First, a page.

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It's the Egyptian Identity, Stupid

(AlMonitor) - Observers are shocked. They do not understand as they watch millions of Egyptians marching in protest, in every major city in Egypt, against President Mohammed Morsi. In Cairo alone, some estimated the number of protesters to be 5 to 7 million. That is roughly a quarter to a third of the capital's population. The crowds on June 30 may have been part of the largest political protest in history.

Political analysts are baffled. Egyptians put up with the fraudulently elected Mubarak for 30 years, but now seek the departure of the democratically elected Morsi after only one year? Did they expect the man to have a magic wand that would allow him to solve all of Egypt's economic problems with a single stroke?

It's not the economy, stupid. It is not just about the fuel shortages, power outages, deteriorating economy or soaring prices. Western media rarely, if ever, mention the Muslim Brotherhood's assault on Egyptian identity, culture and way of life as a core cause of protests. Could something so intangible motivate such massive demonstrations?

The reality is that culture is much more tangible than one may think at first glance. Restrictive cultural policies affect education, art, newspapers, television programs, books, academia, laws, dress, food and beverages, sports, management of antiquities and cultural heritage, tourism and public holidays. These are tangible things that impact people's daily lives. When experiencing an abrupt change in aspects related to their self-image or the way their children are being brought up, people may panic and react quite strongly. Egypt might be experiencing one of these instances more than anything else.

Attempts by the Muslim Brotherhood to convert Egyptians to their conservative values did not start just last year. Funded for several decades by generous donations from Wahhabi sheikhs, the Salafis and Muslim Brothers slowly began to infiltrate Egyptian society and gradually succeeded in making Egypt visibly different, first by calling for small things, like asking women to wear the hijab and putting their preachers in control of key mosques, and then by expanding to launch a network of charities with a political agenda -- preparing Egyptian society for Islamist rule.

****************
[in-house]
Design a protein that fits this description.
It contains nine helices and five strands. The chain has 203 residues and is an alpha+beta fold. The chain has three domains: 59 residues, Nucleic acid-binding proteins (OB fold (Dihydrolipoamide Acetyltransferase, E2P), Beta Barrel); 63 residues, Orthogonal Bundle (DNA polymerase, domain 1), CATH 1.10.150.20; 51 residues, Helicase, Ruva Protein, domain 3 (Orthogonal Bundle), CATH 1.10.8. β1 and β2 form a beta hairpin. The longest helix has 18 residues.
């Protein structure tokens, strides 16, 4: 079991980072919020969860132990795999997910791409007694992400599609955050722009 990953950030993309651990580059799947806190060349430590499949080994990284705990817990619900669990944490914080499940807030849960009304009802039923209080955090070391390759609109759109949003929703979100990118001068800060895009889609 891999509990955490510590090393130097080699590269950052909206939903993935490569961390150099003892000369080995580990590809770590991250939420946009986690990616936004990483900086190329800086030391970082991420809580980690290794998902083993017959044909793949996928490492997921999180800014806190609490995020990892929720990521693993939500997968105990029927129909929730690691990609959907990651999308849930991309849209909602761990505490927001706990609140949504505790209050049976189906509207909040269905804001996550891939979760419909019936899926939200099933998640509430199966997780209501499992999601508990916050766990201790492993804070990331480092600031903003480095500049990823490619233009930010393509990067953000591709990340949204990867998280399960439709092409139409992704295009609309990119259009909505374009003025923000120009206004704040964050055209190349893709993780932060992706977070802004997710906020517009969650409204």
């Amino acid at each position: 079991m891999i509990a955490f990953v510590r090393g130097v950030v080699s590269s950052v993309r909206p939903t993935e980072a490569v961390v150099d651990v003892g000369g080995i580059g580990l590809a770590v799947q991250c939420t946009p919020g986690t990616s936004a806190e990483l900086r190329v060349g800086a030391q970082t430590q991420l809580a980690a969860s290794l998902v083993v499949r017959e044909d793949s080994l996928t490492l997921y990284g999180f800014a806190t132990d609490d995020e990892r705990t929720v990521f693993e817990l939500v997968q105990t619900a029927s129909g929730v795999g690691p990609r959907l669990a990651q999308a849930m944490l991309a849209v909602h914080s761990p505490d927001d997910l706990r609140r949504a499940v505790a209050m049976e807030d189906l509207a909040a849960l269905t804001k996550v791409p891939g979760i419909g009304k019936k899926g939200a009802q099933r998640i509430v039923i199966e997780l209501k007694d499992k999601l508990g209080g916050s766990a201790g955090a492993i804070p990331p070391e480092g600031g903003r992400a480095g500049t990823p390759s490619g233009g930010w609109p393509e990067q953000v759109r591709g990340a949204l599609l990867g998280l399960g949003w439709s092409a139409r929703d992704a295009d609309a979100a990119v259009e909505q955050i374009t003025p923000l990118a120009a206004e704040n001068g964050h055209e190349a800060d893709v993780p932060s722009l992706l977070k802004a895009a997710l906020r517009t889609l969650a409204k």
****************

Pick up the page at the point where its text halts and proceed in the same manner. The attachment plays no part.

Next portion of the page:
The Muslim Brothers was banned before the 1952 revolution because of their involvement in political assassinations and after the revolution were prosecuted by the regime of Gamal Abdel Nasser (video) after an attempt on his life. Nasser's successor, Anwar Sadat, decided to allow Islamist organizations to regroup to counterbalance socialist and Nasserist political streams in the 1970s. Sadat was assassinated in 1981 at the hands of Islamist extremists. Near the end of Mubarak's rule, he offered large concessions to the Brothers to create a bipolar political system in which the only alternative to his ruling National Democratic Party would be the Muslim Brotherhood. After the 2011 revolution, the Brothers decided that this was their time. They had to seize the moment before it was gone.

Morsi was elected president of an ancient nation with an established way of life -- in fact, one that Hassan al-Banna, founder of the Brotherhood, detested and considered immoral. Sixty-five years after Banna's death, Morsi, obedient member and leader of the Brotherhood, runs for the presidency of Egypt. As soon as he assumes office, he gets busy appointing his "Brothers" to key government positions as part of the so-called Tamkeen plan, a plot to control Egypt that is said to have been drafted by Khairat al-Shater himself.

Khairat El-Shater Ordered Violence by Muslim Brotherhood in Cairo - Dec. 6, 2012



Global Warming - distance between America and Europe is steadily increasing.
by Oui on Sun Aug 18th, 2013 at 04:05:10 AM EST

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